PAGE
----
Archive | January, 2012

Word Up – Office for iPad?

6 Jan

This is something I wrote for my company’s blog, which was published yesterday:

In the past weeks, Microsoft has released a slew of iOS apps, including SkyDrive (with 25 gB of free online storage), OneNote for iPad, Halo Waypoint, and My Xbox LIVE, Lync 2010 for iPhone and Lync 2010 for iPad, in addition to previous releases like Bing, Photosynth, and OneNote for iPhone.

And there are strong rumours that Office for iPad is in the works. With Windows 8 tablets like to appear at some point in 2012 and Windows Phone 7 already in the market, the big question is why would Microsoft bolster its rival’s business by offering products which may keep them away from its own devices? At first glance, it looks like madness.

But Microsoft is a software company first and foremost (notwithstanding their excellent range of PC mice & keyboards, and the XBox business). 90% of their revenues comes from software, so it makes sense to put its software on as many platforms as possible. Right?

Well, kind of. Most of those apps are free (OneNote allows 500 free notes, then it costs £2.99), so there’s no revenue attached. But there’s huge value in user data. By putting apps on to the only tablet with any significant market scale and tying them back to online services they get to see exactly how users behave. It’s like a giant user testing laboratory and Microsoft engineers will use that information to figure out the best implementation of their apps on their own tablet version. Putting XBox LIVE on iOS extends the platform onto the world’s most popular handheld gaming device.

But those arguments don’t hold true for Office. The two cornerstones of Microsoft’s business are the revenues it earns from its Office and Windows franchises. Nothing, but nothing, is allowed to compromise that. Ever.

Although there is a huge and flourishing market for premium (i.e paid-for) apps on iOS, price expectations are set pretty low. Even for iPad there are few apps priced over £9.99. Apple’s own iWorks app (Pages, Keynote and Numbers) cost £6.99 each. Even with their larger feature sets it’s hard to see how Microsoft could charge anywhere close to the current lowest price for Office on Windows or Mac (the Home & Student edition is £72.99 on Amazon; the business edition is £100 more expensive but includes Outlook).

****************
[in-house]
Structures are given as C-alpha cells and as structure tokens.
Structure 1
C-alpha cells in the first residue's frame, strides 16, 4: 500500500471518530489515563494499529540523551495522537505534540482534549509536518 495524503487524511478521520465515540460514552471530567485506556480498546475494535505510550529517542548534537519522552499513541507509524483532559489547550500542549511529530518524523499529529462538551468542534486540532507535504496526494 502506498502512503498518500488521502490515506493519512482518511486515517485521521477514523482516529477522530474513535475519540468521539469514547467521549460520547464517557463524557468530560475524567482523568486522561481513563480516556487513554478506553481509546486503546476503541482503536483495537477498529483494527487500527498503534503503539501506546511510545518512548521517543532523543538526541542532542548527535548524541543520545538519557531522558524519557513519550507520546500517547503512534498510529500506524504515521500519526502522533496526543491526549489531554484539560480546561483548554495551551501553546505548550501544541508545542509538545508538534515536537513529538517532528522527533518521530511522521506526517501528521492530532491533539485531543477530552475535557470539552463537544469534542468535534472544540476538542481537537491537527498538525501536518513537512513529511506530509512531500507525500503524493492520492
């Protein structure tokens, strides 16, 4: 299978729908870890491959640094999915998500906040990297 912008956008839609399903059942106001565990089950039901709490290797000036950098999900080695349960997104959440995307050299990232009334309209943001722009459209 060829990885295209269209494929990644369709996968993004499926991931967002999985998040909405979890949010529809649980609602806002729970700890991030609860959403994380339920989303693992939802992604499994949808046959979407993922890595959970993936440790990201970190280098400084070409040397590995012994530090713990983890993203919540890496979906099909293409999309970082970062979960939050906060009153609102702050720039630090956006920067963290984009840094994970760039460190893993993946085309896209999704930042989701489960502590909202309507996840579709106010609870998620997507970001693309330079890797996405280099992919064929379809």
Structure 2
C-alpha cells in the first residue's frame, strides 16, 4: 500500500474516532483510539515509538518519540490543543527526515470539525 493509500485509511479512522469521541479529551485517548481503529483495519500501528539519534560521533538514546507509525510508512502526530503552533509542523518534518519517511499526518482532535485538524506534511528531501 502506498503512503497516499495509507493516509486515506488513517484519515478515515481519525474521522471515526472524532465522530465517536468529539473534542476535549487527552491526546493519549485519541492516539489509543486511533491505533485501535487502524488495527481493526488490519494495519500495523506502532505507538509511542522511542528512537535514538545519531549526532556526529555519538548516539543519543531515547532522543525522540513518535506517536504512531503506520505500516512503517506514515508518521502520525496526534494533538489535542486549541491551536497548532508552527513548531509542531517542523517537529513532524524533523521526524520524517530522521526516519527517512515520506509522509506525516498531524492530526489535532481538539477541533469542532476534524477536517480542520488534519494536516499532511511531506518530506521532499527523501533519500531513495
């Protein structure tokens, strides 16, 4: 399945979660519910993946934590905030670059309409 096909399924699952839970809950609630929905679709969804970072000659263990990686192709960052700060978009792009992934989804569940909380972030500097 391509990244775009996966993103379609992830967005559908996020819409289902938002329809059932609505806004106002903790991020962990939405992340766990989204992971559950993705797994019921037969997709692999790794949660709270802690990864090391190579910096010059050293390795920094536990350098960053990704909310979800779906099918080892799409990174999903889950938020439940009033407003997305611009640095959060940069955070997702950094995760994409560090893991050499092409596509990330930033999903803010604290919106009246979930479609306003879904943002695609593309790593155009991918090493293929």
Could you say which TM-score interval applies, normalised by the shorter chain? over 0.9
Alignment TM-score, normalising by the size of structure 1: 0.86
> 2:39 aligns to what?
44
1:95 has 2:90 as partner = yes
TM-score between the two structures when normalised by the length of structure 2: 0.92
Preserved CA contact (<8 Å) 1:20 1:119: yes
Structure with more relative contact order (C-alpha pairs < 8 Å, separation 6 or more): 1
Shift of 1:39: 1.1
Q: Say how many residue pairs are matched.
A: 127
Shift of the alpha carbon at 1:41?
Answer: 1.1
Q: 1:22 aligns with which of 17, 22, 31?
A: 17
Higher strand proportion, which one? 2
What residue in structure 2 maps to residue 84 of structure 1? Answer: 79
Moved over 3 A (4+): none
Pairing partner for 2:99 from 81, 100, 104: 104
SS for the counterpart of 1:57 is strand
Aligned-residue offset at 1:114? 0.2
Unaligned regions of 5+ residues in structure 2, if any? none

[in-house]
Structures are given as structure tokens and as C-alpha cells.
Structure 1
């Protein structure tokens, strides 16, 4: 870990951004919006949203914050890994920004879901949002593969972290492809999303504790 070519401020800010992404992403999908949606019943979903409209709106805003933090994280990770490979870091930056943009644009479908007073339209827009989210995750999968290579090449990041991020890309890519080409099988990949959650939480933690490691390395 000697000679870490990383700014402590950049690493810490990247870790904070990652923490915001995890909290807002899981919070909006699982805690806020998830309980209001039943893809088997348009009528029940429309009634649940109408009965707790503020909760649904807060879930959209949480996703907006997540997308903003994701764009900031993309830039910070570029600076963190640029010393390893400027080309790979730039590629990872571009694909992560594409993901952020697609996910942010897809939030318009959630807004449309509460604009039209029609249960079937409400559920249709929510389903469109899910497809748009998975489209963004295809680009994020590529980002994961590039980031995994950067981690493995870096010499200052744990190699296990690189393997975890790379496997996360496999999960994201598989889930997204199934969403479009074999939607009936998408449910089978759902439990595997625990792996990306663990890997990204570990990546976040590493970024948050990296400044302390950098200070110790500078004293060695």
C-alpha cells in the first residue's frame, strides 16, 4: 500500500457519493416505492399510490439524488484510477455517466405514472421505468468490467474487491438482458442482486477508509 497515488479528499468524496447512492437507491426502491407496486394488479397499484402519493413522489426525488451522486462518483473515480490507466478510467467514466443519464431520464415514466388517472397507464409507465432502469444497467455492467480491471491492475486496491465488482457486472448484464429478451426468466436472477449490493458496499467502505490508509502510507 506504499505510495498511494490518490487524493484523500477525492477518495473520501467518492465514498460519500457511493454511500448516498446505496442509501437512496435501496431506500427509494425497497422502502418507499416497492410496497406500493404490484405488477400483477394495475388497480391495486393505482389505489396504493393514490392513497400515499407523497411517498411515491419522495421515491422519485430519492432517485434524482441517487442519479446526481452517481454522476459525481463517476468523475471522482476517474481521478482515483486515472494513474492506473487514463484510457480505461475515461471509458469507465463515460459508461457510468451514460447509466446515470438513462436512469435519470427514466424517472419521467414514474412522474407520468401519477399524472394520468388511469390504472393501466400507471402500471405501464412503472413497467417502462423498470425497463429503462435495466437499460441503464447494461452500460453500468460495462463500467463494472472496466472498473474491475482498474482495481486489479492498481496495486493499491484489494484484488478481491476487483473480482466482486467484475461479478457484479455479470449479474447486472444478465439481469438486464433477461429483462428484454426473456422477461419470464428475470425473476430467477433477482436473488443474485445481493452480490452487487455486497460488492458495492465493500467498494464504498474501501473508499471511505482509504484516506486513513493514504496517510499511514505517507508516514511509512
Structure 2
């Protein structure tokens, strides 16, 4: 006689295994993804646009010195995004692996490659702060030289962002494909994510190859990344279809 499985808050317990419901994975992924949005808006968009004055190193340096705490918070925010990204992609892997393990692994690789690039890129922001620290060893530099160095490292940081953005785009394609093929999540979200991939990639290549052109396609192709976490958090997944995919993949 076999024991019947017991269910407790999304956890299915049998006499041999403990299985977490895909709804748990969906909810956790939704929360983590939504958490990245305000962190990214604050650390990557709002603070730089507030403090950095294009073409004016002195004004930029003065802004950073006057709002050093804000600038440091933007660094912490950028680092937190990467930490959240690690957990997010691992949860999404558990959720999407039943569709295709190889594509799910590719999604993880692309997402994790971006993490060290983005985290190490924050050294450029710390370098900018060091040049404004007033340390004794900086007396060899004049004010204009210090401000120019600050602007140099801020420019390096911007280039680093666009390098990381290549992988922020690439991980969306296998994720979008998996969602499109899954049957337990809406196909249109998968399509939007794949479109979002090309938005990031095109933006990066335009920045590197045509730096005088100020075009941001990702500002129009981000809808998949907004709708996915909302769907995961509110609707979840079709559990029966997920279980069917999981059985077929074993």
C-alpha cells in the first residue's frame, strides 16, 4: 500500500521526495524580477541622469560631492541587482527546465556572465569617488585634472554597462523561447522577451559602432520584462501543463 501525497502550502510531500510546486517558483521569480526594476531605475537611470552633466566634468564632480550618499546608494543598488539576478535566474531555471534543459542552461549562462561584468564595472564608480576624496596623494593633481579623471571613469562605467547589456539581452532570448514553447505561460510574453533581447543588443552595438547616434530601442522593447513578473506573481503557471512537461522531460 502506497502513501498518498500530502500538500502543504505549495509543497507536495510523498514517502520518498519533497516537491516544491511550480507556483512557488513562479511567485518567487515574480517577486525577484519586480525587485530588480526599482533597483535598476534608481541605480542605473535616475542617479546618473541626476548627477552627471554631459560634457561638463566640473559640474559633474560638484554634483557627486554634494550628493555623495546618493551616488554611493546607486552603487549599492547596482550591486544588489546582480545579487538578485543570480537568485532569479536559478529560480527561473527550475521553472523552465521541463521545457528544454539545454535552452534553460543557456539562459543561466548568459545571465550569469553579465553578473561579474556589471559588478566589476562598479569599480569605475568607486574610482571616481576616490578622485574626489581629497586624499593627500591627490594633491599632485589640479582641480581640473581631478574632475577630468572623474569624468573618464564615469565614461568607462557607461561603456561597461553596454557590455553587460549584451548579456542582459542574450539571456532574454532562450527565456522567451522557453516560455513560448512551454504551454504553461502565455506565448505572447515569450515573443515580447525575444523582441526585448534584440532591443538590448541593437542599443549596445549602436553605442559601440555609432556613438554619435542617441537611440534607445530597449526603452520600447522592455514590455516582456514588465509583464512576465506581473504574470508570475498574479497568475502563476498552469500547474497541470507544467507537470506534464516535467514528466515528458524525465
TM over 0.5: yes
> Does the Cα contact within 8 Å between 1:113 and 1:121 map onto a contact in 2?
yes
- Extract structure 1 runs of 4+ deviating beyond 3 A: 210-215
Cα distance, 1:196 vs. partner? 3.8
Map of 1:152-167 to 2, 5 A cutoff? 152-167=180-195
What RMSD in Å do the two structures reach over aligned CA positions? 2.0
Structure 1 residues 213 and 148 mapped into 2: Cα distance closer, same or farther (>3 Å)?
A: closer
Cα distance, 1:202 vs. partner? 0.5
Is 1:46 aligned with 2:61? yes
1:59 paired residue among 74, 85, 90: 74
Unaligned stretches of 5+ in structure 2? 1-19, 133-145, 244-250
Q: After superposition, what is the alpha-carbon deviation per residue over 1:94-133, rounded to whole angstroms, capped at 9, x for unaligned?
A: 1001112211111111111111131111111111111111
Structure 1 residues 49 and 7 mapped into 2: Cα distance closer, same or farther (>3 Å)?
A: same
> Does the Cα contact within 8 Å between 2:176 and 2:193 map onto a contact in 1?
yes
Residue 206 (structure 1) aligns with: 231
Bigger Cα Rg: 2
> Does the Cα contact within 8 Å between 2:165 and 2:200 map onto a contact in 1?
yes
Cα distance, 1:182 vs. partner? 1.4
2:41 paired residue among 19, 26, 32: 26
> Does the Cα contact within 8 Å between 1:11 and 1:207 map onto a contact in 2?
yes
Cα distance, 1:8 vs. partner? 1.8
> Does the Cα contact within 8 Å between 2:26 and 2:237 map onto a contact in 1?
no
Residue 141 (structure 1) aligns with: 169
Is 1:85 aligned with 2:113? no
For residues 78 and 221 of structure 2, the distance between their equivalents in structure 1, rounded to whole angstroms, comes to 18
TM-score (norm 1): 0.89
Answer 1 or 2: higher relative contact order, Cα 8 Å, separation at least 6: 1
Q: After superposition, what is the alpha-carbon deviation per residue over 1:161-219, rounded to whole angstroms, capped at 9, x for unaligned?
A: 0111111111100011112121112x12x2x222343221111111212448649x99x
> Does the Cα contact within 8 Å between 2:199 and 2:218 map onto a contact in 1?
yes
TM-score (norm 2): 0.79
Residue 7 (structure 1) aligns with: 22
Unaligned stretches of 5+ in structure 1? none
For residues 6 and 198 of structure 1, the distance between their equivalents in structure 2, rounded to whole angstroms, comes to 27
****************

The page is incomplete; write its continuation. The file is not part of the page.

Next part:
So Microsoft has to make a judgement call – will Office for iPad sales be additive to desktop sales, or cannibalise them? And would a lower price on iPad exert significant downward pressure on Office prices for PC, even if the tablet versions are functionally limited? 

My best guess is that there may well be more iOS apps from Microsoft through 2012, but we won’t be seeing Office for iPad anytime soon. The risk to core revenues is simply too great. Those looking to move their entire working lives to iPad will have to wait a little longer, or explore the non-Microsoft options.

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A Conversation with Councillor Gray

4 Jan

In a comment on John Gray’s Labour Blog (which is actually it’s title, not a description I’ve given it) I asked, in relation to what I perceive to be a lack of transparency in the way Newham council conducts its business:

Why is vital business always conducted behind closed doors at Labour Group meetings rather than in public council meetings?

Why were the public and the press excluded from the [council’s] discussion about the new £40 million offer to the OPLC?

Councillor Gray replied:

I am amazed that there is anyone who can question the huge overall benefit from the Olympics and that any council (especially a Labour Council) would not want to have a direct public ownership stake in the stadium.

I was a Council officer (in a different council) for over 15 years and political groups have always debated and voted on policies in private.

Unsatisfied by this response, I pressed the matter further:

You say “I am amazed that there is anyone who can question the huge overall benefit from the Olympics and that any council (especially a Labour Council) would not want to have a direct public ownership stake in the stadium.”